When Gravity Fails
By George Alec Effinger
First Published: 1987
US Jacket Illustration: Michael Hinge
Review © 2011 by Stephen Roof
Genre: Cyberpunk, Science Fiction, Noir Crime
When Gravity Fails by George Alec Effinger is known as one of the early “classic” cyberpunk novels although it is not nearly as well known as the novels of William Gibson. It has all the trappings of a hard boiled crime novel but what really makes this novel unique is the setting; a futuristic red light district called the Budayeen located in an unnamed large city in the Middle East. With this novel, Effinger does an excellent job of creating an exotic world with lots of atmosphere that is shaken by a series of brutal slayings.
When Gravity Fails emphasizes a noir style murder mystery and Middle Eastern culture. The cyberpunk aspect is that most people have been fitted with the ability to plug in add-on packages directly into their brains to give them instant knowledge or complete personality changes. In addition, recreational drugs have become ubiquitous.
The anti-hero of the novel is Marid Audran, a native product of the Budayeen, son of a prostitute. As such, he is totally in his comfort zone among the tough bars, strip joints, and organized crime. He’s managed to be an independent operator, living by his wits. Unlike most of the other inhabitants, he hasn’t had surgery to enable plugging in add-ons to his brain. However, when he finds that a series of brutal murders is targeting his acquaintances and the local crime boss wants his help, he finds that he can’t refuse. Not only does the crime boss want Marid’s help, he also wants to help upgrade Marid to him a better chance against a psychopath that seems to be way beyond the abilities of the police.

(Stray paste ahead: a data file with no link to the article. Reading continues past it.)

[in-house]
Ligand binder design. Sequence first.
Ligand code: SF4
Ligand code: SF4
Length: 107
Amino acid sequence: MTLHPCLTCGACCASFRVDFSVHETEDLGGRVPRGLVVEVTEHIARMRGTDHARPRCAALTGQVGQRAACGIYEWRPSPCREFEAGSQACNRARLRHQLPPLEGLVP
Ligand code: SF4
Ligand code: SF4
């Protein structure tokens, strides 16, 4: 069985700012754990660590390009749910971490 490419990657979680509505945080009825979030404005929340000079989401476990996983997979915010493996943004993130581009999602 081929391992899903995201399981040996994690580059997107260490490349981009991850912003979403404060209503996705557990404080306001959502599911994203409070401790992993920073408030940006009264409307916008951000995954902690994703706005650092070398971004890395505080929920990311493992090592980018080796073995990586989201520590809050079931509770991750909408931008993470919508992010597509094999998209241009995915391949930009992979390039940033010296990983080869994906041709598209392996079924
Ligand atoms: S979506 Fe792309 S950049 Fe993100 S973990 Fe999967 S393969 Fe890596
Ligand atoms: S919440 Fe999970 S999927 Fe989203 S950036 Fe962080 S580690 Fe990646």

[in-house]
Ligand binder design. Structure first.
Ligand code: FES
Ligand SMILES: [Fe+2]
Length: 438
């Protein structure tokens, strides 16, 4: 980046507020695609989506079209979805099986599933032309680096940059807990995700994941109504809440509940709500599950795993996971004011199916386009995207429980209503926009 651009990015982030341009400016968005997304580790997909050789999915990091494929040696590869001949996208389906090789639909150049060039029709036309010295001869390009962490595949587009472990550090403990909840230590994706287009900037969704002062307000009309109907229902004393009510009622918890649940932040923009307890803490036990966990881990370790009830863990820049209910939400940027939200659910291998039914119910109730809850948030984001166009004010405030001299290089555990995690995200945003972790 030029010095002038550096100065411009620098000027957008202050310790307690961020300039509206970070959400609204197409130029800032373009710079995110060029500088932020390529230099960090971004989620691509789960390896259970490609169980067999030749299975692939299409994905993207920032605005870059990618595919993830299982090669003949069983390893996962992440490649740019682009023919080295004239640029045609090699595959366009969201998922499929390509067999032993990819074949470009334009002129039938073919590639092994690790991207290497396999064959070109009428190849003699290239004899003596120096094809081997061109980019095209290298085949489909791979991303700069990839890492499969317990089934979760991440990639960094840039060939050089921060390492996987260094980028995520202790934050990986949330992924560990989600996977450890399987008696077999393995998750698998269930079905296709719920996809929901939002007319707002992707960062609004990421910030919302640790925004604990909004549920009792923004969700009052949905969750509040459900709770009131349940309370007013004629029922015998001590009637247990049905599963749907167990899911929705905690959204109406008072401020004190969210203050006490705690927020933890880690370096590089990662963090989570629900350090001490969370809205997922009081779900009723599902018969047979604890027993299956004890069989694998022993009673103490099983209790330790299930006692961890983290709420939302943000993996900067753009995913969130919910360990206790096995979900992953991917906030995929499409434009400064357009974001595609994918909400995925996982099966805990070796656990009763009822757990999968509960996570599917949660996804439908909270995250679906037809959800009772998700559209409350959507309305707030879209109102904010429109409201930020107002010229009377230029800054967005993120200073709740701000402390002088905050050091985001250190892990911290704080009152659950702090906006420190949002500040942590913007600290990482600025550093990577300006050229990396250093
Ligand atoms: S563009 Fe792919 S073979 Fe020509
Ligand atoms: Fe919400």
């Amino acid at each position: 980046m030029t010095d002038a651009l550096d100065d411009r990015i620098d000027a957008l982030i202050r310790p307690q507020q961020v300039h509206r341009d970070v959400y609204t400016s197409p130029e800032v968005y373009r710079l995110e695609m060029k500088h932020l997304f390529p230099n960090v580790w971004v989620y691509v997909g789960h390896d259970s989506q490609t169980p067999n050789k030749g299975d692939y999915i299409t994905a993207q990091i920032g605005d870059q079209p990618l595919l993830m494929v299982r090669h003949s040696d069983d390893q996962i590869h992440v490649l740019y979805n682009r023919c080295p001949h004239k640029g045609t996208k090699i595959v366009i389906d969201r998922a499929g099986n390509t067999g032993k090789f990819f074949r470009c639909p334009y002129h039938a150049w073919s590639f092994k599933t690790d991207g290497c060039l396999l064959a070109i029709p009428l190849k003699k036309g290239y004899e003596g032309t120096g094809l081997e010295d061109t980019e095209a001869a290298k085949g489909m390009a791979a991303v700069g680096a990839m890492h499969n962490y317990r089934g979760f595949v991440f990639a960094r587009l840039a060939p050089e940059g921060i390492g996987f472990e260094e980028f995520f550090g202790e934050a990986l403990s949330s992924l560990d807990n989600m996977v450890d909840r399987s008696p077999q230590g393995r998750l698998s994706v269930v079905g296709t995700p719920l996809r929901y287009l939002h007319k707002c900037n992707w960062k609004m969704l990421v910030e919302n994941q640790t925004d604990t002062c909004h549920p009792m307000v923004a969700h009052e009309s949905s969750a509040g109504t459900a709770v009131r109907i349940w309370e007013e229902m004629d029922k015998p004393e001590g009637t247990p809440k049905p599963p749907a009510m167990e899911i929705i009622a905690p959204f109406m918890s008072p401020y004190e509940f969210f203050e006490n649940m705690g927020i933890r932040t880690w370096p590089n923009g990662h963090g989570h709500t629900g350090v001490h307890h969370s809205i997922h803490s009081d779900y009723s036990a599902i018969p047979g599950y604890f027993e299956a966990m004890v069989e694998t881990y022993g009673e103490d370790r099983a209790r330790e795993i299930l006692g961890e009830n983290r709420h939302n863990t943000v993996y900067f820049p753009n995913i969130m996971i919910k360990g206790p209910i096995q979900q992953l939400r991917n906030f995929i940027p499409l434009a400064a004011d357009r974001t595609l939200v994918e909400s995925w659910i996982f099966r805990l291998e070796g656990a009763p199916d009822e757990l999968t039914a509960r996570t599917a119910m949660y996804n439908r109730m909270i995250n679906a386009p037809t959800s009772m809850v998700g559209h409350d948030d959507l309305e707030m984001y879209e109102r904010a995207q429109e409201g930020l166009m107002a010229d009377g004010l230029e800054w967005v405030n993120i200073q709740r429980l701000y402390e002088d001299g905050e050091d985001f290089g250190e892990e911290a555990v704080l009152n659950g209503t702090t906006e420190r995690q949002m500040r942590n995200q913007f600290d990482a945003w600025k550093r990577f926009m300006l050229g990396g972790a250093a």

The setting of this novel is its major strength. There is an interesting mixture of drugs, sex, crime, and religion. The most powerful man in the Budayeen is the organized crime boss who also happens to be a strict practicing Muslim. Marid is not a practicing Muslim but was raised with the religion which helps him get along with the many religious inhabitants. In contrast to the strict religious rituals are nightclubs teaming with drugs, alchohol, and prostitutes. Curiously, many of the prostitutes started as males and became females through sex changes.
Marid is an engaging anti-hero although he is certainly not the most likeable hero. Most of the other characters are not nearly as well developed. In particular, there is a misogynist slant as almost all the women seem to only exist for the pleasure of men. What is even more surprising is that most of the women in this novel are transsexuals which makes one wonder where all the real women are although I guess it makes sense that respectable women would stay far from the red light district.
While the atmosphere of this novel is fascinating, the crime mystery does not prove to be as captivating. The mysteries show a lot of promise during the first half of the novel but as answers are uncovered, they end up seeming a bit disappointing. However, there is as least one major shock at the end.
For something different in the cyberpunk genre, When Gravity Fails offers a mélange of crime and science fiction in an exotic Middle Eastern setting.